For more on the Cornell stereo camera research, watch this YouTube video.

Apple Files Patent For New Sensor Technology

Apple sensor patent application

Credit: Apple via US Patent Office

Apple is still messing around with its Project Titan program. Is the company intent on building its own electric cars or is it creating technology it can market to other companies to install in their own vehicles? Nobody seems to know. From all the backing and forthing involving Project Titan over the past several years, even Tim Cook himself may not know for sure.

What is known is that in 2018 Apple filed a patent request centered on adding a variety of sensors to the head and tail light assemblies of automobiles. The sensors could be cameras, lidar units, temperature or humidity monitors, infrared receptors, wind speed and direction detectors, or GPS units.

Extending the Cornell research a bit, why couldn’t the stereo cameras be mounted in the headlight units instead of the windshield? One possible answer is that mounting the cameras higher off the ground yields better 3D imaging. Another is that defrosters and wipers can clear a path for cameras mounted on the windshield easier than adding heating and wiping equipment to headlights.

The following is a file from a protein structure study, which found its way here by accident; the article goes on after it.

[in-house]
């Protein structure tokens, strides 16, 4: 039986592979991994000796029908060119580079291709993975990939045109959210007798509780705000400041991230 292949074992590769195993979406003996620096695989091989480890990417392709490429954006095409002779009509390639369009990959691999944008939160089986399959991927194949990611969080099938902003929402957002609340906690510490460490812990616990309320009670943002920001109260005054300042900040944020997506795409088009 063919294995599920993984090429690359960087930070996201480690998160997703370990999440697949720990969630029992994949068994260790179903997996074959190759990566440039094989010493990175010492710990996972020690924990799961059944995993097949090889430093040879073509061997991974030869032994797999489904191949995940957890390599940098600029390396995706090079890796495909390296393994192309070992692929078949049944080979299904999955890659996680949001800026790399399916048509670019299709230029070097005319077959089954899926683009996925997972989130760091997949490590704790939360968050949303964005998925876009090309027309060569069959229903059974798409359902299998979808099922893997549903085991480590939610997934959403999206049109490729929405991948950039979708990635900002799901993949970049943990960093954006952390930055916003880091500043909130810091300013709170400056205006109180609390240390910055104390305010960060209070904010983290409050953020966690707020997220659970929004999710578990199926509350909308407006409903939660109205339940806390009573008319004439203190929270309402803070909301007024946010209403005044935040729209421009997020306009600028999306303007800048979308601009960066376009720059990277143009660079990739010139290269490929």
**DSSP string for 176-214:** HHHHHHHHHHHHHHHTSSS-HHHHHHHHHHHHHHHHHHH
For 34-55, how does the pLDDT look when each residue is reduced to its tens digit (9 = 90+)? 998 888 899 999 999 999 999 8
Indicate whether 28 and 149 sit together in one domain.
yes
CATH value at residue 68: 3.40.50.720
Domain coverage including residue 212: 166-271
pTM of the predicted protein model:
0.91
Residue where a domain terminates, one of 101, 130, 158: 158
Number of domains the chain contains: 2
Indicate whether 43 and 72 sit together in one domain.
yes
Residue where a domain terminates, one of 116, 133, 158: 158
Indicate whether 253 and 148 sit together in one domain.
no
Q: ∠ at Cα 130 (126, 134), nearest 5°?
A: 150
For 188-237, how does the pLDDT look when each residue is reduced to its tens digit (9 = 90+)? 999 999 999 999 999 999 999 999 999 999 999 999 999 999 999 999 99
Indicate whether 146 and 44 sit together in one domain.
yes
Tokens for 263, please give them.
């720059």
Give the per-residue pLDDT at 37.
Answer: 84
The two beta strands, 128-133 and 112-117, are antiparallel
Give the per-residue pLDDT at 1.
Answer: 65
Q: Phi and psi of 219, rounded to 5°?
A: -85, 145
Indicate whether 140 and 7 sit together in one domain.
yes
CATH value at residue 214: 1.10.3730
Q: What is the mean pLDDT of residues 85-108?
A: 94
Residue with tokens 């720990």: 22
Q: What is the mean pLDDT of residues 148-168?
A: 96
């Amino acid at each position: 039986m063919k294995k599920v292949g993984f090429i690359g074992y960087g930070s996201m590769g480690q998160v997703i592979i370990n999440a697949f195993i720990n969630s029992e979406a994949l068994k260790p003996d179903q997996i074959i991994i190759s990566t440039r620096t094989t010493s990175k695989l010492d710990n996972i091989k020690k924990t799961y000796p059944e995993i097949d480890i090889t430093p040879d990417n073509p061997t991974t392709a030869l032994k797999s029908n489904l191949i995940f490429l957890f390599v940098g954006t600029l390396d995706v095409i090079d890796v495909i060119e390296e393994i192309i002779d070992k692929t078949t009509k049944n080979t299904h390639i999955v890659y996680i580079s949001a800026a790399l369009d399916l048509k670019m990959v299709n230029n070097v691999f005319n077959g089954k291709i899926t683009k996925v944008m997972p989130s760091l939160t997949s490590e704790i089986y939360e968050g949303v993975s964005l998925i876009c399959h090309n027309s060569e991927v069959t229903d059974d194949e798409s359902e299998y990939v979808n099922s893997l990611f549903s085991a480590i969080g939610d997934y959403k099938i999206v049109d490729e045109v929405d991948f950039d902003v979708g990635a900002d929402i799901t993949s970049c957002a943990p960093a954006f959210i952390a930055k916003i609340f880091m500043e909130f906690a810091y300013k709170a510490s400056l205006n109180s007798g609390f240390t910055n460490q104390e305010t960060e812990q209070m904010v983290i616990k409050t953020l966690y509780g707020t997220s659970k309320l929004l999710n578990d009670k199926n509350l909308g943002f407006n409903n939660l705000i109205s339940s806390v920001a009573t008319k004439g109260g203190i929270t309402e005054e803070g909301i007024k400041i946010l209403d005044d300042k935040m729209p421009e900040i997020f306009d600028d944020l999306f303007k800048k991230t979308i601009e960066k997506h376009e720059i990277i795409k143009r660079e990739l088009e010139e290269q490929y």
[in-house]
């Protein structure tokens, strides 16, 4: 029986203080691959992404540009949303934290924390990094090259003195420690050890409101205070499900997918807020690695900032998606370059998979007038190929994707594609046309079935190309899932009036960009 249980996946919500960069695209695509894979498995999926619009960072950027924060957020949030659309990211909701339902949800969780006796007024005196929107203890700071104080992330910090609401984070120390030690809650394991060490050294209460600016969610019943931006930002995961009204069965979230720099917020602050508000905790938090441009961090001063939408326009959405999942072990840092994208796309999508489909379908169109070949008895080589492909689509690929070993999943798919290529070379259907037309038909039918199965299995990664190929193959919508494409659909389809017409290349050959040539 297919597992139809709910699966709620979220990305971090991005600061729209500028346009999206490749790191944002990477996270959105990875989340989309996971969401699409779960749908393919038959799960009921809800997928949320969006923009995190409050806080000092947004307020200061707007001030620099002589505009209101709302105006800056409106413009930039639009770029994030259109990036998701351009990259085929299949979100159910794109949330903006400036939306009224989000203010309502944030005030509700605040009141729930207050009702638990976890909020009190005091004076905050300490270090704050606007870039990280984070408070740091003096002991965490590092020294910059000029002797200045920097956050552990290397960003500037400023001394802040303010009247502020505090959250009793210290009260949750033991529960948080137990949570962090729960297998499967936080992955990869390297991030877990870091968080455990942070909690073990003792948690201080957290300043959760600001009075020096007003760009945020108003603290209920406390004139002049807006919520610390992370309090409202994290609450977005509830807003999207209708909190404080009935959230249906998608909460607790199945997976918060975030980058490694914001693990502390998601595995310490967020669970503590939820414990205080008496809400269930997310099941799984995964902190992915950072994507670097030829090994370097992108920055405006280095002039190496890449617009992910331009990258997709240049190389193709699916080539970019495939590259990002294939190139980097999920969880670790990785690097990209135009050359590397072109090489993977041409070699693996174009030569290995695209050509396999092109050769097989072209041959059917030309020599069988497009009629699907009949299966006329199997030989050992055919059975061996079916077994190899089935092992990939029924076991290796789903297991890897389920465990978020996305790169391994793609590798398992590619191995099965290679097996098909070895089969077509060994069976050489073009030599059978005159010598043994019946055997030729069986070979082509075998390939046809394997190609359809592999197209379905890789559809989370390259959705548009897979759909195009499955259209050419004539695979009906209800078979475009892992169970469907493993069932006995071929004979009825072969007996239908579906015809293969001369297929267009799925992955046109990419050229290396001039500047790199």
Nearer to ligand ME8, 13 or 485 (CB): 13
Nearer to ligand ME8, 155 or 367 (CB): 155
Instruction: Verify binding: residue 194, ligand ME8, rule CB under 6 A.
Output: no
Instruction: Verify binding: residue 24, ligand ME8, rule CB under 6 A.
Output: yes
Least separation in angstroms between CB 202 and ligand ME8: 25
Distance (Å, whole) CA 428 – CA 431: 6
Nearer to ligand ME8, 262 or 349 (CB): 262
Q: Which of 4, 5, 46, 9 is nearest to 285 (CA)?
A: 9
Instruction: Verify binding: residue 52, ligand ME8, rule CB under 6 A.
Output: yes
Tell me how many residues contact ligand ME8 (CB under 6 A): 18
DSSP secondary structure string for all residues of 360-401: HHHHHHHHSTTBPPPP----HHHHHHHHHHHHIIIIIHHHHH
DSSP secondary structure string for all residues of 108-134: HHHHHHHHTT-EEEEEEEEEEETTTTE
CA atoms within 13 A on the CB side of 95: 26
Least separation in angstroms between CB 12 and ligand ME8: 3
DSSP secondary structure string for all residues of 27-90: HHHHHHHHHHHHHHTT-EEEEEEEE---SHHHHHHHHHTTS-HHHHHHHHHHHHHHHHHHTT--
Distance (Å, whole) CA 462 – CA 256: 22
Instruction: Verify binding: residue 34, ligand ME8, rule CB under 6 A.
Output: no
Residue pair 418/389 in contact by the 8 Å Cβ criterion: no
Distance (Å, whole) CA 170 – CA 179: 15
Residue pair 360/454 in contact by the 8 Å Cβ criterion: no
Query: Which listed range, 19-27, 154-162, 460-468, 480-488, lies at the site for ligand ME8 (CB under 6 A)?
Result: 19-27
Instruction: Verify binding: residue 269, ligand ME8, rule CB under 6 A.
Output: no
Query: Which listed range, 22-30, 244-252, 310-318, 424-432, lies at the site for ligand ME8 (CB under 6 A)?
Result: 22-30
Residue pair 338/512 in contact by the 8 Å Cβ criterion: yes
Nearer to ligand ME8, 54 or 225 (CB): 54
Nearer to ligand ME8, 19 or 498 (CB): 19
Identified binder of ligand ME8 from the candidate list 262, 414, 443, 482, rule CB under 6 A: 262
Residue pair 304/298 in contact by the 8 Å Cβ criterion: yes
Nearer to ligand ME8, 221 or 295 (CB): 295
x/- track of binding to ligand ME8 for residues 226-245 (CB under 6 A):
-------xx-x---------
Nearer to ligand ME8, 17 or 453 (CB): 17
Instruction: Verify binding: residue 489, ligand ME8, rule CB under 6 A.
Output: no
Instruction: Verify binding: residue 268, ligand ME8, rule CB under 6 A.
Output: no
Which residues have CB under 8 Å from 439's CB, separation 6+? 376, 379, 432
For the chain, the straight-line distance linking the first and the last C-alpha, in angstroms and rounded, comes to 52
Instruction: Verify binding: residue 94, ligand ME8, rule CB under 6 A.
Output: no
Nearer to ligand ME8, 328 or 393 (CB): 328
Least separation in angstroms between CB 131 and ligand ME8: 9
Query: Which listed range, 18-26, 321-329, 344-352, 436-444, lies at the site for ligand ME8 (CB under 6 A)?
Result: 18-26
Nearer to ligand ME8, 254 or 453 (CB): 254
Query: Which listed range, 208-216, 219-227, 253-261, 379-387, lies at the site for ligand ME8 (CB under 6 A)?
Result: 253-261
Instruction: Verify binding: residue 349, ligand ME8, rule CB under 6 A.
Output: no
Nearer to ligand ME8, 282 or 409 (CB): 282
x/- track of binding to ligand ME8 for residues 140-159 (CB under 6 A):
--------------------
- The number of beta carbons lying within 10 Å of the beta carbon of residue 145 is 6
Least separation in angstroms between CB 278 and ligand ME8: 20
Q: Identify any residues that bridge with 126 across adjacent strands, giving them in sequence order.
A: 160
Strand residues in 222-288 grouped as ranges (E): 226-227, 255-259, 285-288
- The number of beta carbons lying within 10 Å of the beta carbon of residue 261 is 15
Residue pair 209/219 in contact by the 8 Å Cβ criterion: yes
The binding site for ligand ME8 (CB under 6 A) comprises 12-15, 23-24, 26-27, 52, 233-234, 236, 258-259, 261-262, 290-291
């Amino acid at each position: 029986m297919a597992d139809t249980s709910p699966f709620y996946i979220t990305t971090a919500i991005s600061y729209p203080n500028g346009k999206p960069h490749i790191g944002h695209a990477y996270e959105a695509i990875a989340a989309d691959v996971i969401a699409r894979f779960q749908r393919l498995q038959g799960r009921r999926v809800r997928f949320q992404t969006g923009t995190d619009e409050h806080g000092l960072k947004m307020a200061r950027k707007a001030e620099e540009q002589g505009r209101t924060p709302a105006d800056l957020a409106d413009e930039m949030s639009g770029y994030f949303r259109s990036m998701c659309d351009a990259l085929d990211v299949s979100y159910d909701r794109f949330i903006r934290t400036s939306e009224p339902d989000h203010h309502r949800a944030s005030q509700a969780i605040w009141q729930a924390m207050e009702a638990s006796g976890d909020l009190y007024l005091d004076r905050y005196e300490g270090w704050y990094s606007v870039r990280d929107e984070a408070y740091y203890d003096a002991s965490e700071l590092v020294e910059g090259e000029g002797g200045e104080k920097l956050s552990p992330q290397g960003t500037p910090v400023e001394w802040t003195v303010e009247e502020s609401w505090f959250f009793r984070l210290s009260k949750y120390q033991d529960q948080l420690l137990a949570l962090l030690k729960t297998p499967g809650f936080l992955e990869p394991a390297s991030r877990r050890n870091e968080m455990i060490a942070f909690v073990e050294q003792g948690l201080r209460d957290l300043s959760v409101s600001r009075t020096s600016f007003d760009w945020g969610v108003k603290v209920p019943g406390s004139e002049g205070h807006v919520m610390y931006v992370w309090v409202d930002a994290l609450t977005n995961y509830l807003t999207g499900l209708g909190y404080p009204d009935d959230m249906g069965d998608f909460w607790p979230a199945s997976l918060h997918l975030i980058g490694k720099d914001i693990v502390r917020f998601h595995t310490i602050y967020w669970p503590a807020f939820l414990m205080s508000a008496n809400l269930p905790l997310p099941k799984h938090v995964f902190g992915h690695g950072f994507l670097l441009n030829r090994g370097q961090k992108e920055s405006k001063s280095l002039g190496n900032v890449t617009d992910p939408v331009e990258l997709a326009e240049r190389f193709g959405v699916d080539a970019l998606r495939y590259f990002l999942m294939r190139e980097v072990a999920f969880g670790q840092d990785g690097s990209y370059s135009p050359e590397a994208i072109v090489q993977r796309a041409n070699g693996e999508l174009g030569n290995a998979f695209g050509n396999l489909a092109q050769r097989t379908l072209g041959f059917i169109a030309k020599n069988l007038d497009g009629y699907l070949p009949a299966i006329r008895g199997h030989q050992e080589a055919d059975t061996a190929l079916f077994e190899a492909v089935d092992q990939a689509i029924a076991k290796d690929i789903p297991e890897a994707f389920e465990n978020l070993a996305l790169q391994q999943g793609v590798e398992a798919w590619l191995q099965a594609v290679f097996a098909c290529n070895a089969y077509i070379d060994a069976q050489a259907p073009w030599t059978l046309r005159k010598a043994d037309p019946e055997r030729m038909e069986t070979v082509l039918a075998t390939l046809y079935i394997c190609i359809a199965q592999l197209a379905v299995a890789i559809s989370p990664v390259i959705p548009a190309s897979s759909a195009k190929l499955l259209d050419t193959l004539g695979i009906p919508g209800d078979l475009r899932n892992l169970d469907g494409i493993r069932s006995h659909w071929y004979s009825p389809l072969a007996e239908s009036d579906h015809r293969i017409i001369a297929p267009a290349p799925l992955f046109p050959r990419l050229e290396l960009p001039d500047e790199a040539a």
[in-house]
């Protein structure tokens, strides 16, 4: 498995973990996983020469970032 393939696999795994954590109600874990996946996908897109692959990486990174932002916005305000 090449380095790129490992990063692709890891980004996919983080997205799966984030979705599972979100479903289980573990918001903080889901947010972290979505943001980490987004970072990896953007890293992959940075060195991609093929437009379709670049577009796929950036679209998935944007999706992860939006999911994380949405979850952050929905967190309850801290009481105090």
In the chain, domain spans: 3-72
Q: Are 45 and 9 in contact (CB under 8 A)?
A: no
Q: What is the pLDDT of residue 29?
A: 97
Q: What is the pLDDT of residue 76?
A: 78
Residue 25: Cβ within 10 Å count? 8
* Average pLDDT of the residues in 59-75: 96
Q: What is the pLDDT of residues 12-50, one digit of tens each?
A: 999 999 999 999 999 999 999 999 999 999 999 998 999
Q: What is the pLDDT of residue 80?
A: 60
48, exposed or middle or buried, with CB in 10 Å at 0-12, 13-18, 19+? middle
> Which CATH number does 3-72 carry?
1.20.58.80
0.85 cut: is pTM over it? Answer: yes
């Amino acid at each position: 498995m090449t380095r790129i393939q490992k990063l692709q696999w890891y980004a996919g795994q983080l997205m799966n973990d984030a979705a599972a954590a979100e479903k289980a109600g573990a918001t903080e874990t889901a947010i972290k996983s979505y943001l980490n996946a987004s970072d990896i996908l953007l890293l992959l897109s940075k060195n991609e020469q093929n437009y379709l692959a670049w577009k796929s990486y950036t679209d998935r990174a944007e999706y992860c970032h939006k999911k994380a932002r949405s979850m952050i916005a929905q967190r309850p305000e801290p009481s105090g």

Autonomy & Society

Autonomous cars are everywhere in the news these days. Elon Musk has said that within a few years, any Tesla owner who cares to can make $30,000 a year by using the car as part of his company’s robotaxi fleet. Two questions arise. What Tesla owner of sound mind is going to allow strangers to vomit, fornicate, or do other antisocial things in the car? If everyone is renting out the family bus to strangers, won’t the market quickly reach a saturation point that will diminish the financial rewards?